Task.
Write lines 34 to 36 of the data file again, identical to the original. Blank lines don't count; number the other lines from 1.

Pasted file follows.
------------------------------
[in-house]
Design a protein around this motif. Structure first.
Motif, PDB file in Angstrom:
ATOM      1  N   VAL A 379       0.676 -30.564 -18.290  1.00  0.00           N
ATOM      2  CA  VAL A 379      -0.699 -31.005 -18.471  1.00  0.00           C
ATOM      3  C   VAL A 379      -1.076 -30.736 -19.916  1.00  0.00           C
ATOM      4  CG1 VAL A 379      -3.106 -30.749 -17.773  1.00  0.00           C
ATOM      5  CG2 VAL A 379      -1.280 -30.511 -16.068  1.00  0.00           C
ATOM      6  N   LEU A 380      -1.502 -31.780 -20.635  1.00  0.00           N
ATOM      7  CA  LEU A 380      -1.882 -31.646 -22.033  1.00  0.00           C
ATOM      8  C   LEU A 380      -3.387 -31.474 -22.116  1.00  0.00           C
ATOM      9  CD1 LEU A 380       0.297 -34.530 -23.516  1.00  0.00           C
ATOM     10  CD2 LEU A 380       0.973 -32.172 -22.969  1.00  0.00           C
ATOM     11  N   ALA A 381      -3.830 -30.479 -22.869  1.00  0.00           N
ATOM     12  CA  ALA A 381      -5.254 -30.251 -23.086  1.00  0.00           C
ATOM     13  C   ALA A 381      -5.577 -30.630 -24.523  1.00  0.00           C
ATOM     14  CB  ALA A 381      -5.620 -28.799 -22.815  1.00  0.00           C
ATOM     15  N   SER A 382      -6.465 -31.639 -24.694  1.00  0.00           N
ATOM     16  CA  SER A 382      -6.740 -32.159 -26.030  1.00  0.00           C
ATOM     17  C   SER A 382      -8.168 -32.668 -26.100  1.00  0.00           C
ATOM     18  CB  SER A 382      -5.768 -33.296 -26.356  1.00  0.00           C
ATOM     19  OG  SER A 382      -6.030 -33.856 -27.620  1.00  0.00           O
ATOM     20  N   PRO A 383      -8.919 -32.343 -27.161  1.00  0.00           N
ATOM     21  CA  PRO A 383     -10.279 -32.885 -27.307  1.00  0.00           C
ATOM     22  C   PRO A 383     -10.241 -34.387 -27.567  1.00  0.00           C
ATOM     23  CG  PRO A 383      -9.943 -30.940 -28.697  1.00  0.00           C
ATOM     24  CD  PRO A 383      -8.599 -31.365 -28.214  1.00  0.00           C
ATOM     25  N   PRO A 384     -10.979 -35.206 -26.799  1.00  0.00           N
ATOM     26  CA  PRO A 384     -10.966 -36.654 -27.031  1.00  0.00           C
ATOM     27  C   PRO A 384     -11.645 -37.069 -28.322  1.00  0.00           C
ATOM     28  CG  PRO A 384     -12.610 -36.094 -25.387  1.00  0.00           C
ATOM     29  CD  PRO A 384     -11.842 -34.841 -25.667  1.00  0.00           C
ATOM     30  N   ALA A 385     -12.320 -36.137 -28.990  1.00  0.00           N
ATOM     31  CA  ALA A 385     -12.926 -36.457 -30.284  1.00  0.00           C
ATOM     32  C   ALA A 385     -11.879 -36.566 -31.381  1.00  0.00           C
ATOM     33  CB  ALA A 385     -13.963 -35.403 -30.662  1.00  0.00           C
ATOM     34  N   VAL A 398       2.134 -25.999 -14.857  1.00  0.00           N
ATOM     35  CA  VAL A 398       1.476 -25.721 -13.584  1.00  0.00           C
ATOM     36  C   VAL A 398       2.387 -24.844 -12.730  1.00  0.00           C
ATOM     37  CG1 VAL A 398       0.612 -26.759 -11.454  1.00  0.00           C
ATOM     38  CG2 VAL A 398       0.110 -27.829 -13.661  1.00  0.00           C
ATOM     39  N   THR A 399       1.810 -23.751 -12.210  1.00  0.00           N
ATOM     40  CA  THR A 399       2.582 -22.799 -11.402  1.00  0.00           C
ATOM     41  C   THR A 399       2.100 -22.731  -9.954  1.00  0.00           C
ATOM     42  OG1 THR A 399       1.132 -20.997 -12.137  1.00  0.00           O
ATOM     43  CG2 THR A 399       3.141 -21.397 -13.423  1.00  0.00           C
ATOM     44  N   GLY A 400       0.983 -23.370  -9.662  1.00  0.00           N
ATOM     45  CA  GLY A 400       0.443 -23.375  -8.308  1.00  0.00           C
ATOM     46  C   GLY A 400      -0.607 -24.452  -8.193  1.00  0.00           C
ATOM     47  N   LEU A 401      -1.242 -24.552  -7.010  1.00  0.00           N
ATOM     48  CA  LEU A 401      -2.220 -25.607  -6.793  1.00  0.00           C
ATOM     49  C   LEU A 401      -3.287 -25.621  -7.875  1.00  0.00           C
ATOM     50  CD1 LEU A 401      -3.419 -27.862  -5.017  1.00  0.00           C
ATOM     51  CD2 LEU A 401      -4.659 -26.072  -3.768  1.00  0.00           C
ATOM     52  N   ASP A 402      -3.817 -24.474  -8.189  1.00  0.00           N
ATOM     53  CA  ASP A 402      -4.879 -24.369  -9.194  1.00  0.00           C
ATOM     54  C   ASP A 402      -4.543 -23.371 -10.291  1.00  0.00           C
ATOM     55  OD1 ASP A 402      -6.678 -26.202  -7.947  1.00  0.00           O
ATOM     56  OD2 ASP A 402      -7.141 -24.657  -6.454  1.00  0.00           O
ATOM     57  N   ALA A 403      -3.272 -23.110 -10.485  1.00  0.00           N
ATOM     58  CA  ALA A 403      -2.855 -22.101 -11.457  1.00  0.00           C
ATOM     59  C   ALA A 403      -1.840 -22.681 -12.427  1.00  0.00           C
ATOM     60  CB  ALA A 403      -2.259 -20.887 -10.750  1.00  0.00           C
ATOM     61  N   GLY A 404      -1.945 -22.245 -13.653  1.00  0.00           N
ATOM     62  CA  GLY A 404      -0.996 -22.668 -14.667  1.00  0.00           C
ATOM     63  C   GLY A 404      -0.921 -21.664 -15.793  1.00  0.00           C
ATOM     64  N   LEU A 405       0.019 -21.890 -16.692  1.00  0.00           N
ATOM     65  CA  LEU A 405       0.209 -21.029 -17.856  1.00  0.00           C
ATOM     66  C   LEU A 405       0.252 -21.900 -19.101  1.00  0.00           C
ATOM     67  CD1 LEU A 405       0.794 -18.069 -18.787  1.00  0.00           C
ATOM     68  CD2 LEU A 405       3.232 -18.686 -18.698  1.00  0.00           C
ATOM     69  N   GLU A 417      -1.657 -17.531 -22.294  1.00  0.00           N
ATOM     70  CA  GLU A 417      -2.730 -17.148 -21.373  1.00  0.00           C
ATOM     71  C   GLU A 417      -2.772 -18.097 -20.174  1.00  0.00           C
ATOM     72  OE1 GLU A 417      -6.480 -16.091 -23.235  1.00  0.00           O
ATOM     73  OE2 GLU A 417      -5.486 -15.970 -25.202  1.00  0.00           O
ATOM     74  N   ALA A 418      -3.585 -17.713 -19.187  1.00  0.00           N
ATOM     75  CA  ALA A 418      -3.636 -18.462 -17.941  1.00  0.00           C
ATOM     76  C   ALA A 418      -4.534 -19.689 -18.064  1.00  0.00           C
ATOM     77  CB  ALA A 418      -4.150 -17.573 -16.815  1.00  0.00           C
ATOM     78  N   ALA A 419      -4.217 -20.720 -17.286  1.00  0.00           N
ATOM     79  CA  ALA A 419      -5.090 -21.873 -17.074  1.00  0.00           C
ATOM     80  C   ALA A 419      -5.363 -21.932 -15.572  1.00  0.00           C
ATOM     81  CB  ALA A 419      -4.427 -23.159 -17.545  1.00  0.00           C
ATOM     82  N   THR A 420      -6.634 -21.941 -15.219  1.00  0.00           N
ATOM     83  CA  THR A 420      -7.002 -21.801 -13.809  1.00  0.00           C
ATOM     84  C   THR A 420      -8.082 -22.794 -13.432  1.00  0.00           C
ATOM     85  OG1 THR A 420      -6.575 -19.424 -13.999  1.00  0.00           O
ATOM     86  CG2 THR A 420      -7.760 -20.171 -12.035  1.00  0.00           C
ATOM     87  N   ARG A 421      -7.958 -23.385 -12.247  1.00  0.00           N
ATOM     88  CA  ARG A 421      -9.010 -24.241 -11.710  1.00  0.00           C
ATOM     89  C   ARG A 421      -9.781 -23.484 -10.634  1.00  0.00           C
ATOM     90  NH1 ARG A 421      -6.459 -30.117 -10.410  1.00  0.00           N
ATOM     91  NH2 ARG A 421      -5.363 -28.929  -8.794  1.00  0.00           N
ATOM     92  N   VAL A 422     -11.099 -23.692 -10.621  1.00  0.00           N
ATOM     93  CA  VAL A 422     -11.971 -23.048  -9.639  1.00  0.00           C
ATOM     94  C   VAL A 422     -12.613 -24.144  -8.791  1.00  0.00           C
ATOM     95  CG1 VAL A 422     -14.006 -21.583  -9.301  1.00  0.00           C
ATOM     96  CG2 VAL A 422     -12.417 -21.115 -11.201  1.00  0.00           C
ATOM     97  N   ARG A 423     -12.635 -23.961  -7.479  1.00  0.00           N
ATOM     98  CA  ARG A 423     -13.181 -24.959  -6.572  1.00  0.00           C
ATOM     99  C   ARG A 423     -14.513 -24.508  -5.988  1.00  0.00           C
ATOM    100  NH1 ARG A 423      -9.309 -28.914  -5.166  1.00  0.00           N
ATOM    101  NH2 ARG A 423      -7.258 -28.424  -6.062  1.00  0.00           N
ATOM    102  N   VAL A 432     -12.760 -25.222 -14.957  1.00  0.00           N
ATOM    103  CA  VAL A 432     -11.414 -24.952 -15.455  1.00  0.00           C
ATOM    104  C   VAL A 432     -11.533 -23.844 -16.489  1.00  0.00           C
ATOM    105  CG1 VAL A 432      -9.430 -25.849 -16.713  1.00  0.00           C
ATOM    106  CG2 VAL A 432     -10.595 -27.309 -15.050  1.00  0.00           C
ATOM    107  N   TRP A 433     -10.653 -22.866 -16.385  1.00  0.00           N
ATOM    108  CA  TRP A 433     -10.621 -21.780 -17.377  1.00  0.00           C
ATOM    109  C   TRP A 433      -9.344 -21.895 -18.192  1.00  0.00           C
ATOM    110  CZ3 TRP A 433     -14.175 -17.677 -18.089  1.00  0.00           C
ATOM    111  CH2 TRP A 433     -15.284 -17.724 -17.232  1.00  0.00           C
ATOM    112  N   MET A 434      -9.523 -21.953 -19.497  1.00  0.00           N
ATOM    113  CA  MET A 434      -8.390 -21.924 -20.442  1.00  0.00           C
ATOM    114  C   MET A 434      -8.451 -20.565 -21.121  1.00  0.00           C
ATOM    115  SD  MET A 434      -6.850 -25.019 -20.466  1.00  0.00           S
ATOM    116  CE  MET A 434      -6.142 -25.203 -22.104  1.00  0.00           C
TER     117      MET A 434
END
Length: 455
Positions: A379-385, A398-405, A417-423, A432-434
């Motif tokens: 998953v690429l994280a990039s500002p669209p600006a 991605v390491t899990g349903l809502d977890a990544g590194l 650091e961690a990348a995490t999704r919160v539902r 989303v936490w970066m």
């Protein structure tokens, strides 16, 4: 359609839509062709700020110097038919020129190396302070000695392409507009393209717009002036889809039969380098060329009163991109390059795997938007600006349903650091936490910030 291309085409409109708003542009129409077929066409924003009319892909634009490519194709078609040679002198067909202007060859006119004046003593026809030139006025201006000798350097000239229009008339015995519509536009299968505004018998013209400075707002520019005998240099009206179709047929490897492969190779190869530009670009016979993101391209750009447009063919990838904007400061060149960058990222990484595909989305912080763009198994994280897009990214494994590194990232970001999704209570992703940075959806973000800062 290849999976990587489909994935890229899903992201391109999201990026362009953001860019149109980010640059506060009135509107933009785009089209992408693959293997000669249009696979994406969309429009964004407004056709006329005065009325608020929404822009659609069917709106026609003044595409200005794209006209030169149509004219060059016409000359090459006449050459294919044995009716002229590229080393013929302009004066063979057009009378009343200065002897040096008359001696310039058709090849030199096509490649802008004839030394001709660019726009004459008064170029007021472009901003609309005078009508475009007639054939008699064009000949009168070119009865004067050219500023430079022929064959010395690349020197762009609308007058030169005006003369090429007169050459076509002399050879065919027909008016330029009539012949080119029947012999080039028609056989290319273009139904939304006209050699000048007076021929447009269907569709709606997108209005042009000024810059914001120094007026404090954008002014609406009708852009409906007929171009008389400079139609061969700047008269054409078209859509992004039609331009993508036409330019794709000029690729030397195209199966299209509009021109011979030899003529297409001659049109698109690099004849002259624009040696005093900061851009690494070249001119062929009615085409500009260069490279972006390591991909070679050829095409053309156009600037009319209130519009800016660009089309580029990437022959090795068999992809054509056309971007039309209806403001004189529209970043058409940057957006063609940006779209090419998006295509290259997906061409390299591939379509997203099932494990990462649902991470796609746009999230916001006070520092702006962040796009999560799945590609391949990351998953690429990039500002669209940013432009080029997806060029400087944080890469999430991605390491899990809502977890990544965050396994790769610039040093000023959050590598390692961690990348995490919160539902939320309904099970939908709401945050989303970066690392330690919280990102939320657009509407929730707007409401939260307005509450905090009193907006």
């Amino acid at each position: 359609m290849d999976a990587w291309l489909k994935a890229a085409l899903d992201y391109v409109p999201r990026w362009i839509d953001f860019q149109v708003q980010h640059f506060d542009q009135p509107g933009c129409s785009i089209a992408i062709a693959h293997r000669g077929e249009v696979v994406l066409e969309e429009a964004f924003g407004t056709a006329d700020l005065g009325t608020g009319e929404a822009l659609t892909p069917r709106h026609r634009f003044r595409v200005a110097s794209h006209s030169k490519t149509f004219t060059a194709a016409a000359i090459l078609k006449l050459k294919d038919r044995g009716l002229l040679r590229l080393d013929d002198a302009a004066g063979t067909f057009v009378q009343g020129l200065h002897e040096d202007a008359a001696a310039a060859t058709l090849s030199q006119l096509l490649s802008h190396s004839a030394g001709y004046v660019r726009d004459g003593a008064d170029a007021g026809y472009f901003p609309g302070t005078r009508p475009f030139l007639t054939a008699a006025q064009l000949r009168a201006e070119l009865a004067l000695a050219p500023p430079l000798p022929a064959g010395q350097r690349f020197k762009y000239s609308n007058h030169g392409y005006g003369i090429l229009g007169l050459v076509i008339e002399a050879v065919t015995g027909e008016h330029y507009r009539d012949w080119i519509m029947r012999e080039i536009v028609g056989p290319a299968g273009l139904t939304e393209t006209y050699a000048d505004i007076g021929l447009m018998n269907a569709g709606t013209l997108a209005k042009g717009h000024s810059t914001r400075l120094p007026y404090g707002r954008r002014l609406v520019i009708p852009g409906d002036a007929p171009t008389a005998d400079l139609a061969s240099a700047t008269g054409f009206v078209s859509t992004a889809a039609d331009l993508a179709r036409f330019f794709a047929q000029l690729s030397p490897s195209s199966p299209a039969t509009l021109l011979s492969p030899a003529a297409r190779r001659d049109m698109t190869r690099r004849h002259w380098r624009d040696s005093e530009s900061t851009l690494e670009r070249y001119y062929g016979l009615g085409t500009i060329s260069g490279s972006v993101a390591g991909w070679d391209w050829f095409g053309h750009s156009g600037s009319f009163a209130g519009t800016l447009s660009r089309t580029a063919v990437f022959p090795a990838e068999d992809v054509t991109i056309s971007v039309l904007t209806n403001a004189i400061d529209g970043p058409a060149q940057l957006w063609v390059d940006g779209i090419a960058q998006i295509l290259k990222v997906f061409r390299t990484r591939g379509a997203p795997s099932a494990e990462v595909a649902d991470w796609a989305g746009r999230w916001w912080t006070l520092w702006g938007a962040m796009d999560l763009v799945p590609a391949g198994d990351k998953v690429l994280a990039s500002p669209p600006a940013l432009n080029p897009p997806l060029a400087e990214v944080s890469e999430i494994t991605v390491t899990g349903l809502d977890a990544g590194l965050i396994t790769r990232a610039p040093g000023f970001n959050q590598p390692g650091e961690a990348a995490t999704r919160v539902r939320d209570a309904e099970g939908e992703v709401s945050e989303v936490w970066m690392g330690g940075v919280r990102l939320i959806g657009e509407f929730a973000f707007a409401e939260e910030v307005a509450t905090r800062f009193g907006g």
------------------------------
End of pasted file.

ATOM     31  CA  ALA A 385     -12.926 -36.457 -30.284  1.00  0.00           C
ATOM     32  C   ALA A 385     -11.879 -36.566 -31.381  1.00  0.00           C
ATOM     33  CB  ALA A 385     -13.963 -35.403 -30.662  1.00  0.00           C